Workflows are defined in the .github/workflows directory in a repository, and a repository can have multiple workflows, each of which can perform a different set of tasks. For example, you can have one workflow to build and test pull requests, another workflow to deploy your application every time a release is created, and still another workflow that adds a label every time someone opens a new issue.

So we already know that we should have a hidden folder inside the repository as follows.

Android Studio opened with the .github folder containing another workflows folder which contains the flutter_workflow.yml file that triggers flutter's continuous integration into GitHub.

Note that .github is the same hidden directory we used in the Dependabot tutorial a few weeks ago.

As you can imagine. We will create as many workflow files as we want groups of jobs to be executed. 

In the case of the image I only have one workflow inside a file called flutter_workflow.yml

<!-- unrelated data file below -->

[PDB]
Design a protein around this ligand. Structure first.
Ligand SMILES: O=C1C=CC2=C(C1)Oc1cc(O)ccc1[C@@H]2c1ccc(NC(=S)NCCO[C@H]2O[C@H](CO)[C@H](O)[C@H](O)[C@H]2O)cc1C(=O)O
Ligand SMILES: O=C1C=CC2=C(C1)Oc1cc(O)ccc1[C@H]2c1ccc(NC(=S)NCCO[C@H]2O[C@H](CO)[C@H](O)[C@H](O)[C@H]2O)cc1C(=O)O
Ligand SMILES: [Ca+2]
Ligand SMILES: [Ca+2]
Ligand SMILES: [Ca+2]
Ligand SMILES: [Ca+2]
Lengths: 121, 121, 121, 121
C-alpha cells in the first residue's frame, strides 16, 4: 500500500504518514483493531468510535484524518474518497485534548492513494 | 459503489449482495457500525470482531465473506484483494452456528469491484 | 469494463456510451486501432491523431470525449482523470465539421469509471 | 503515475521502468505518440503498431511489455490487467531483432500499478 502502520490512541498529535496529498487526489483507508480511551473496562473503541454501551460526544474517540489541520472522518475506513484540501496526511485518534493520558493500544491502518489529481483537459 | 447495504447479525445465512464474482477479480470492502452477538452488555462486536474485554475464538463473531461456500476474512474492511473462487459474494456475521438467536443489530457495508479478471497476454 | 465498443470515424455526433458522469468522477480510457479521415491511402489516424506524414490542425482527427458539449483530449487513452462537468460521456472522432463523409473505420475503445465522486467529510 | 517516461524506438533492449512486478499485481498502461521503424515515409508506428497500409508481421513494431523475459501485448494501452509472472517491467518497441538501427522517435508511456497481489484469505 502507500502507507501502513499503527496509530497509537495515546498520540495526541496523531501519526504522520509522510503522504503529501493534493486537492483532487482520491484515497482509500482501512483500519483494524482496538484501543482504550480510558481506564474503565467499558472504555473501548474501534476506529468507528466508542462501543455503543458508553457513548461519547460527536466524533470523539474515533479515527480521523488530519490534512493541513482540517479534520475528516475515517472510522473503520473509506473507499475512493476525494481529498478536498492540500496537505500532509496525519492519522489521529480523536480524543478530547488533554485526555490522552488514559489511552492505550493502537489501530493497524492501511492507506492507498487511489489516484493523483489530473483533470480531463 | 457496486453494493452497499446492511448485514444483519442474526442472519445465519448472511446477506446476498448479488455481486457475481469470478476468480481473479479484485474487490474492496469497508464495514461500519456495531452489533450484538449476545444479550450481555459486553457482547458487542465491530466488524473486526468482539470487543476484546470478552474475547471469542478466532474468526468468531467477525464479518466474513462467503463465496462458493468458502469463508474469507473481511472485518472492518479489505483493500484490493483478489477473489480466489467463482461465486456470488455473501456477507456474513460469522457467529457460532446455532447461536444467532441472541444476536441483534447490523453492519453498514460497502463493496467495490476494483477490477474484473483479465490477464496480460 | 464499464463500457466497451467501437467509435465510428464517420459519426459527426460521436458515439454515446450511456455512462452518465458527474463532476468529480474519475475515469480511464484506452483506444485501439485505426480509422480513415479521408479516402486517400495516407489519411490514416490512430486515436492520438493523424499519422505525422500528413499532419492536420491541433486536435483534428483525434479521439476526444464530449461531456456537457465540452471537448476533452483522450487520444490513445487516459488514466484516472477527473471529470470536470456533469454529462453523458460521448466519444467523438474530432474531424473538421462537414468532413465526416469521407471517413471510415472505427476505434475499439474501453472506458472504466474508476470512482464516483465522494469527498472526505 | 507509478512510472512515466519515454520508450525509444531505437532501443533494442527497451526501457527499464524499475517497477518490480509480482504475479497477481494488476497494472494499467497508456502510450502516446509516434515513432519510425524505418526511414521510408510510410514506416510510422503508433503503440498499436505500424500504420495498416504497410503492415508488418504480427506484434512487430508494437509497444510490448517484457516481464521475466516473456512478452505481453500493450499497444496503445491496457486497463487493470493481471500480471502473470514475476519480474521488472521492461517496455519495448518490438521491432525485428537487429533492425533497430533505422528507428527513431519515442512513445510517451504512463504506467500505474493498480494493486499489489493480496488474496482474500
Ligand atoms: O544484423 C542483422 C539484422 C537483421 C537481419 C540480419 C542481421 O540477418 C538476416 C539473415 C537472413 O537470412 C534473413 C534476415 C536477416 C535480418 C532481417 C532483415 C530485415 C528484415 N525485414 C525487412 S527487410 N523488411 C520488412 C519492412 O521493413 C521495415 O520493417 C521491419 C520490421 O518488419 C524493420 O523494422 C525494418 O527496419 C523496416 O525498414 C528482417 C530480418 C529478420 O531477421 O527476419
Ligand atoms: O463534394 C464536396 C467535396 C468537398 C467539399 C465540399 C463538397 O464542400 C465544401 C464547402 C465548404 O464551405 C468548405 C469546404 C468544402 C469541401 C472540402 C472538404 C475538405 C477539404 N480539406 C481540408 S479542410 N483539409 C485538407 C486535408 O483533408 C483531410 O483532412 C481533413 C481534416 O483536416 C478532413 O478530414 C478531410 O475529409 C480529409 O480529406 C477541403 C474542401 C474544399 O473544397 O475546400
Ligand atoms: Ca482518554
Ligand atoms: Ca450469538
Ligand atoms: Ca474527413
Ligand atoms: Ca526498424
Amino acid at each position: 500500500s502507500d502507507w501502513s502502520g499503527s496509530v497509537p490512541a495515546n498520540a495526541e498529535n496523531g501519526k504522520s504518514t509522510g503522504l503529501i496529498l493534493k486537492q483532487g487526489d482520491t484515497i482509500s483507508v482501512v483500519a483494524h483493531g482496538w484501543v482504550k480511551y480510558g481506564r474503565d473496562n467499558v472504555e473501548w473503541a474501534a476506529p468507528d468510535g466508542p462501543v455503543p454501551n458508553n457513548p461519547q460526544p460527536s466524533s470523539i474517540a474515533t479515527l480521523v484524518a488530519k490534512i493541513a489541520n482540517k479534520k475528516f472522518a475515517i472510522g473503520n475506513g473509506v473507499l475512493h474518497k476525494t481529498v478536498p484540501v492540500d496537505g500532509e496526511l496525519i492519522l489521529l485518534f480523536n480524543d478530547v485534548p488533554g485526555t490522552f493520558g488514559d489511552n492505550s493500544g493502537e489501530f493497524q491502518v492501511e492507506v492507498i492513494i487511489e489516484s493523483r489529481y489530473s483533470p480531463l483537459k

You can create it with any name you want.


Following the documentation again, a workflow should contain the following basic components:

  1. One or more events that will trigger the workflow.
  2. One or more jobs, each of which will run on an execution machine and execute a series of one or more steps.
  3. Each step can execute a script that you define or execute an action, which is a reusable extension that can simplify your workflow.
Diagram of jobs and Runners within GitHub Actions.

Creating a workflow

Triggers of the flutter_workflow.yml file that will trigger the continuous delivery GitHub Actions in a Flutter project.